– The occasion was in 1926.

But they rarely give the source or sources from where they get this information. It would require significant research to verify the information so often mentioned, quoted and accepted. But here are the facts:

– Krishnamurti talked there not just once but two to three times. [c]
– And it was during the Easter holidays in 1925, not 1926. [d]

Checking Krishnamurti’s movement in 1926, he appeared to be everywhere: in India, then Europe, then America. But never in Australia. So much for trusting academic and official papers. Above are some gems in Adyar, and the Amphitheatre. What about the TS in Australia in general? Are there gems here? Yes, definitely. Read on.


You may not have heard of Sulamith Wülfing, but very likely you’ve seen some of her beautiful paintings. They have always been popular in Theosophical circles. As a child in Germany, this internationally renowned artist sat at the feet of her father, looking around at the walls of their living room lined with bookshelves full of theosophical books. The Masters’ pictures hung on the wall and she heard him discussing theosophical principles, the Secret Doctrine, the Masters and many other esoteric subjects with his circle of friends. When she grew up Sulamith read those books herself, and graduated to Krishnamurti’s writings, never knowing that one day reading would save her life.

World War II came and her hometown was bombed. Sulamith fled to France and became a refugee. Being a German woman living in a French village she aroused suspicions, and the Resistance took her in for questioning, handling her roughly. Her interrogator at one stage demanded of her:
“What’s the truth?”
Exhausted and afraid, Sulamith mumbled in a daze, not really knowing what she was saying or even where she was:
“Truth is a pathless land.”
“You know Krishnamurti?” demanded her jailer, surprised. Well, someone who knows and follows the teachings of Krishnamurti can’t be a bad person." [e]

And so, her years of reading literally kept her from death.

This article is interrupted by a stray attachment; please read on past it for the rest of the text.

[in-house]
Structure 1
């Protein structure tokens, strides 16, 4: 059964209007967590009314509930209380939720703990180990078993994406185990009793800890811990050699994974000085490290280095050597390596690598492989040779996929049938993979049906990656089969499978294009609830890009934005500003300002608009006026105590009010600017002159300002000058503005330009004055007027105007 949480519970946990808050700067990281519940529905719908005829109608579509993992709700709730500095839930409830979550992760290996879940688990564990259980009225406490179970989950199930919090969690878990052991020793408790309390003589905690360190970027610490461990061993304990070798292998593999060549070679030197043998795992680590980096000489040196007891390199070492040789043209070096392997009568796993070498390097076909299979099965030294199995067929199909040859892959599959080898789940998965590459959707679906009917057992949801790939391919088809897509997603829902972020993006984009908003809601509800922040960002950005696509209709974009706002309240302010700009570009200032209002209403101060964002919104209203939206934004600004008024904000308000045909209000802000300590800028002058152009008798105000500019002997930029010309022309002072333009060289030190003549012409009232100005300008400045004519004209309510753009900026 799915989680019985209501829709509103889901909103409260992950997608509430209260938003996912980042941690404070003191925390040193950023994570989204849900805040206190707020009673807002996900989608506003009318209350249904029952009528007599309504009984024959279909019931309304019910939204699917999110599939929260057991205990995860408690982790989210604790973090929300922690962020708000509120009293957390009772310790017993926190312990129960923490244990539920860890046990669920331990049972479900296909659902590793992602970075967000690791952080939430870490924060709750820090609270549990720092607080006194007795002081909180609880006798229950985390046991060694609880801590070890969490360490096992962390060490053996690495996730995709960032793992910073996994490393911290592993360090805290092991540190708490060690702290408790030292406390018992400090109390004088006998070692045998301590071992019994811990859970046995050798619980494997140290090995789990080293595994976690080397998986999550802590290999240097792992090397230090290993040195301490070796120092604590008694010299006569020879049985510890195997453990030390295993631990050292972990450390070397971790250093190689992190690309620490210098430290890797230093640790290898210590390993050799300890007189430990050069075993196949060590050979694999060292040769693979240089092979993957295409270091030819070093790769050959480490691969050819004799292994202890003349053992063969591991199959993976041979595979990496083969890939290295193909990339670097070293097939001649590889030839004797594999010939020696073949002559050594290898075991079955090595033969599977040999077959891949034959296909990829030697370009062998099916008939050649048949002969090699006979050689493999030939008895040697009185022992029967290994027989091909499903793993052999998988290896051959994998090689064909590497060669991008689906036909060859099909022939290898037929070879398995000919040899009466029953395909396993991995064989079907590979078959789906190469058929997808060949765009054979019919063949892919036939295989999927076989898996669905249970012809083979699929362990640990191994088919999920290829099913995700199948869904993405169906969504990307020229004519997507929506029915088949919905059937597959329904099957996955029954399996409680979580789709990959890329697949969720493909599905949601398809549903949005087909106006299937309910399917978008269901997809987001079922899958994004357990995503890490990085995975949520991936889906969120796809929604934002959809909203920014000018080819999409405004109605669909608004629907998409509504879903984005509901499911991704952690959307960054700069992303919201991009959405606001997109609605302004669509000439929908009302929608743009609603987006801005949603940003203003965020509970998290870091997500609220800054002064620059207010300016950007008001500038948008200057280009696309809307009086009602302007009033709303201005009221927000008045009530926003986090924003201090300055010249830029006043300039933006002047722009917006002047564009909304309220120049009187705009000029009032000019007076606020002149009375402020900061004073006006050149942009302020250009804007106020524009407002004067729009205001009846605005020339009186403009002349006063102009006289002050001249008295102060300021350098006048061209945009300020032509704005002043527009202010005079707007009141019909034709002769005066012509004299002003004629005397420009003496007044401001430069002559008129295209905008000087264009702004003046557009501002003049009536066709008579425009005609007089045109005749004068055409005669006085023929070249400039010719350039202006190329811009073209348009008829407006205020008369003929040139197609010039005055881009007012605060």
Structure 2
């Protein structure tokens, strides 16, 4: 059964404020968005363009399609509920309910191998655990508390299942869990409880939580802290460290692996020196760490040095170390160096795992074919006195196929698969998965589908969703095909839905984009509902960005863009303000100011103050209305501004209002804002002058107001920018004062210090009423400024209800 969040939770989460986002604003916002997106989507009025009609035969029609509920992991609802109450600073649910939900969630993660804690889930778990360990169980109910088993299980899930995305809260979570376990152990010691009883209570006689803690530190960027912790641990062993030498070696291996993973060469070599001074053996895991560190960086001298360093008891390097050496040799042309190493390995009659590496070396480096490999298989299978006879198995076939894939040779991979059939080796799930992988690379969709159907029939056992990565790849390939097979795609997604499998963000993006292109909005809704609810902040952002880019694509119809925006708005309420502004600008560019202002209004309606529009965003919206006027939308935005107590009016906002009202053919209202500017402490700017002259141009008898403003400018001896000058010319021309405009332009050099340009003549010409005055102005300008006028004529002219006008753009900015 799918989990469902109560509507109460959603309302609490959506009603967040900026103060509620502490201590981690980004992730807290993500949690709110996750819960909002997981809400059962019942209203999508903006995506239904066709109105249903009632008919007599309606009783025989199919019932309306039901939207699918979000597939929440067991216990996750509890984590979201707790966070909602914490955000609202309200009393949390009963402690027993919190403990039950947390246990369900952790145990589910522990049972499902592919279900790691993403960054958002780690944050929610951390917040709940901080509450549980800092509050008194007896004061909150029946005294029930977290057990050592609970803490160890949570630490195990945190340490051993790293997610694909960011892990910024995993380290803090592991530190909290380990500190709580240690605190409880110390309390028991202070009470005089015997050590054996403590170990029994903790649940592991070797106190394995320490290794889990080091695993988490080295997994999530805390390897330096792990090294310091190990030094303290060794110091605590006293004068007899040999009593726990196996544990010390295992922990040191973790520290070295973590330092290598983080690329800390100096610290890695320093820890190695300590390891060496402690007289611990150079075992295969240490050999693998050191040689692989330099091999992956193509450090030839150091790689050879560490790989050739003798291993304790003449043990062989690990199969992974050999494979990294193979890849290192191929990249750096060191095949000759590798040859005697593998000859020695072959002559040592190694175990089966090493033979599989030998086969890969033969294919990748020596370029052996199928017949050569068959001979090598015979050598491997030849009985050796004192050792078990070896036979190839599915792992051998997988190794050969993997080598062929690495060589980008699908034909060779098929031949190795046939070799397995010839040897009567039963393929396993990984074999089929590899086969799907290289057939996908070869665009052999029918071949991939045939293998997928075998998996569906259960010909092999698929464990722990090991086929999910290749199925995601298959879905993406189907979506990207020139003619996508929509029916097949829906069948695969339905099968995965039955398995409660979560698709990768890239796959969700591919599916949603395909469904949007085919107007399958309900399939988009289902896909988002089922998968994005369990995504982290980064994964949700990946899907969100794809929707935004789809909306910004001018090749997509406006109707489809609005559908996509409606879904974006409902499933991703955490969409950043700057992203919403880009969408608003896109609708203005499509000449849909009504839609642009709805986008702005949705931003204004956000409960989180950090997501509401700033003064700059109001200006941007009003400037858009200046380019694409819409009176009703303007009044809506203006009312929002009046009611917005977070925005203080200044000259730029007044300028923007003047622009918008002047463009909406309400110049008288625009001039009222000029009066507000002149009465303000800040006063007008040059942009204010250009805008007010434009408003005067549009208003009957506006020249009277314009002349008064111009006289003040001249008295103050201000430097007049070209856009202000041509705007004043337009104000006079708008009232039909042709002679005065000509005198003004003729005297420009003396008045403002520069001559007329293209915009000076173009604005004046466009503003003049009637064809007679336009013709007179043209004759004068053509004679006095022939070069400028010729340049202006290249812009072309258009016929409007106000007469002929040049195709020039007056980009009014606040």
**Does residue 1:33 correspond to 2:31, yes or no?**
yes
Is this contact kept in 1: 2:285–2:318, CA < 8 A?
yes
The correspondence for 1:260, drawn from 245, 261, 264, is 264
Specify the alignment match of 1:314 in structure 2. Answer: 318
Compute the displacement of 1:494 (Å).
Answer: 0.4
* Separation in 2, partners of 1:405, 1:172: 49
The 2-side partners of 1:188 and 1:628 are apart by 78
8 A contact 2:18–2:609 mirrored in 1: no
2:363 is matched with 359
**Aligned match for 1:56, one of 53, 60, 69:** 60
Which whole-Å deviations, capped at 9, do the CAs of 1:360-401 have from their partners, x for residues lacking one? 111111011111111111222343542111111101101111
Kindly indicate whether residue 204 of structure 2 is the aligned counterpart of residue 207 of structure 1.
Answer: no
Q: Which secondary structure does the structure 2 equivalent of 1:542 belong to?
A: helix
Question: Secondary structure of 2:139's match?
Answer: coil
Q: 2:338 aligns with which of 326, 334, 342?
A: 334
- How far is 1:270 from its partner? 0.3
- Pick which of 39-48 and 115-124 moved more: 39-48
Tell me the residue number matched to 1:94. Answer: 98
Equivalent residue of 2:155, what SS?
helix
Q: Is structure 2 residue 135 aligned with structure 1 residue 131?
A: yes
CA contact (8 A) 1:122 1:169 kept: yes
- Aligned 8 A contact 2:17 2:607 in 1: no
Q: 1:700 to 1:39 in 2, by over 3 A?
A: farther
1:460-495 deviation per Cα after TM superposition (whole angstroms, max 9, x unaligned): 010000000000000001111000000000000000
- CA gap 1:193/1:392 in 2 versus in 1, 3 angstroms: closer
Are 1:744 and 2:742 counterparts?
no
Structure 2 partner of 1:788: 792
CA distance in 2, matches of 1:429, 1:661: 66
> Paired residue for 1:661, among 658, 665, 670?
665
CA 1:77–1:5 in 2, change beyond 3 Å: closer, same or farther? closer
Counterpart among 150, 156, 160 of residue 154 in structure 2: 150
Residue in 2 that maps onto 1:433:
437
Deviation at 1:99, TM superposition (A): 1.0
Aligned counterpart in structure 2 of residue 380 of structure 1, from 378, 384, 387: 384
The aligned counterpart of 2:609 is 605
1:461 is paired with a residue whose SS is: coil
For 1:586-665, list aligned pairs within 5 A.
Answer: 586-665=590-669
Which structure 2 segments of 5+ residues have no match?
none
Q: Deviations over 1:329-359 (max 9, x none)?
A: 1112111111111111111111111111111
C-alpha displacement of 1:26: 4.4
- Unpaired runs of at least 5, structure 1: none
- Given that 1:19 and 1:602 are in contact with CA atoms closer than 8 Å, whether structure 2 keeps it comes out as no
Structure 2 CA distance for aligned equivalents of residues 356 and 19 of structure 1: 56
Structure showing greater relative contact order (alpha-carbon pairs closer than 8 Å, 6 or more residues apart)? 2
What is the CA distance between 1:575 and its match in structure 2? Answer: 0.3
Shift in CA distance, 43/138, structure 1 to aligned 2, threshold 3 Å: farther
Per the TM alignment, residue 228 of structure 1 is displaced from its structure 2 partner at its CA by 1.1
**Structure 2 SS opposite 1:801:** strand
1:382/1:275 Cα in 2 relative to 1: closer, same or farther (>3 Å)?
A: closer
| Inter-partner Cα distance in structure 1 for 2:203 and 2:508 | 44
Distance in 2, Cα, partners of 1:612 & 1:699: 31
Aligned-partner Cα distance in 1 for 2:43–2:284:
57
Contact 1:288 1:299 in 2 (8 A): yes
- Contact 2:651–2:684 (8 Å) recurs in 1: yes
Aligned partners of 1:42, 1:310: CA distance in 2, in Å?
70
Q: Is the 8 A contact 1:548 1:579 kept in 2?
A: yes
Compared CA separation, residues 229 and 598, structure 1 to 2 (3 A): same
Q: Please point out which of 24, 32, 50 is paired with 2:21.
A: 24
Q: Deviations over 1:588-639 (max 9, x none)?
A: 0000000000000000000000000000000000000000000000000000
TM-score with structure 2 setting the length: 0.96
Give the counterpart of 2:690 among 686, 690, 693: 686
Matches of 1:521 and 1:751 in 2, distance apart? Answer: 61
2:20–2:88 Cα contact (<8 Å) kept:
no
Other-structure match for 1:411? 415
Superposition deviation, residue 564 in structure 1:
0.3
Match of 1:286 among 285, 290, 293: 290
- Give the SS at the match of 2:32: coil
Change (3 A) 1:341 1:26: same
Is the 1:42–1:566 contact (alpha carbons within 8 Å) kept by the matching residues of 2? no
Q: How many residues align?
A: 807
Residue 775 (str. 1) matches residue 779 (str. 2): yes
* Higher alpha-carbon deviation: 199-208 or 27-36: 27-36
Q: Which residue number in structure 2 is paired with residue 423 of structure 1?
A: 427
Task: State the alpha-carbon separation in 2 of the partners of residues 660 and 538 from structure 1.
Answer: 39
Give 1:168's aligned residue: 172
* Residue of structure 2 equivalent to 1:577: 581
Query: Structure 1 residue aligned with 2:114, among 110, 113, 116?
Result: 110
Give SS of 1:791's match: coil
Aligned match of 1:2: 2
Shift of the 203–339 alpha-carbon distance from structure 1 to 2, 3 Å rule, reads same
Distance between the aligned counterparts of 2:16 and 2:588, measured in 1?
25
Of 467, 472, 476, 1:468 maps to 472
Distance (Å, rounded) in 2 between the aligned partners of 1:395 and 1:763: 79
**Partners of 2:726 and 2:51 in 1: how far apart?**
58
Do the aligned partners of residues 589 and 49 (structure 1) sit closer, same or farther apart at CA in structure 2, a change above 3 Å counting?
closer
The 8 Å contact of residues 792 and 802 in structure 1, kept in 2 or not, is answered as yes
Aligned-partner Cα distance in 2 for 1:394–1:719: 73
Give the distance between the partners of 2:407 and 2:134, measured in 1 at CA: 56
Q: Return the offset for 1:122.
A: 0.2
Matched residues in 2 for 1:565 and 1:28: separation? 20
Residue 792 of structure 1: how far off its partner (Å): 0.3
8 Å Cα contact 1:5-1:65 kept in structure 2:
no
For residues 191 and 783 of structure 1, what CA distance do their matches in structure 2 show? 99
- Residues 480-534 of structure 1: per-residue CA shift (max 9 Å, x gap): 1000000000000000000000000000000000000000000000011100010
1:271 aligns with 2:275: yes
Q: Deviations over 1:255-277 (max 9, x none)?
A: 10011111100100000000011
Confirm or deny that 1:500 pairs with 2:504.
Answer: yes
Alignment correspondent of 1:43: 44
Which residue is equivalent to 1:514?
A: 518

By the way, the book Sulamith Wülfing by Marlene Maurhoff is a perfect gem in its own right and well worth seeking out.


The next gem is about psychometry. Geoffrey Hodson had two stones on the mantlepiece of his fireplace. One was collected from Derbyshire, in the centre of England. The other had been picked up from the southwest of Wales. The stones had been collected far from each other but now lay side by side. A friend who was a psychometrist picked up the stone from Derbyshire and “read” its terrible history. It had come from a place where ceremonies of human sacrifice had been performed, and Hodson was warned not to keep the stone. he promptly threw it in the fire.

After some time had passed, another psychometrist, knowing nothing about the previous stone, picked up the second, Welsh, stone and “read” it. This psychometrist said the same things about this second stone, exactly as the first friend had described. Hodson concluded that it was a case of impregnation, the second stone becoming charged with the radiations from the first. The psychometrist had read not the stone but the magnetism with which it was charged. Technically it was false vision that had been misled the psychometrist. [f]

A similar case illustrates the facts clearer. Two friends A and B go to see a psychometrist, they sit down side by side and the psychometrist starts to read. He talks about A’s mother, what she does, describing her house, what she does for work etc. Every detail is wrong and A tells the psychometrist that her mother is nothing like his description.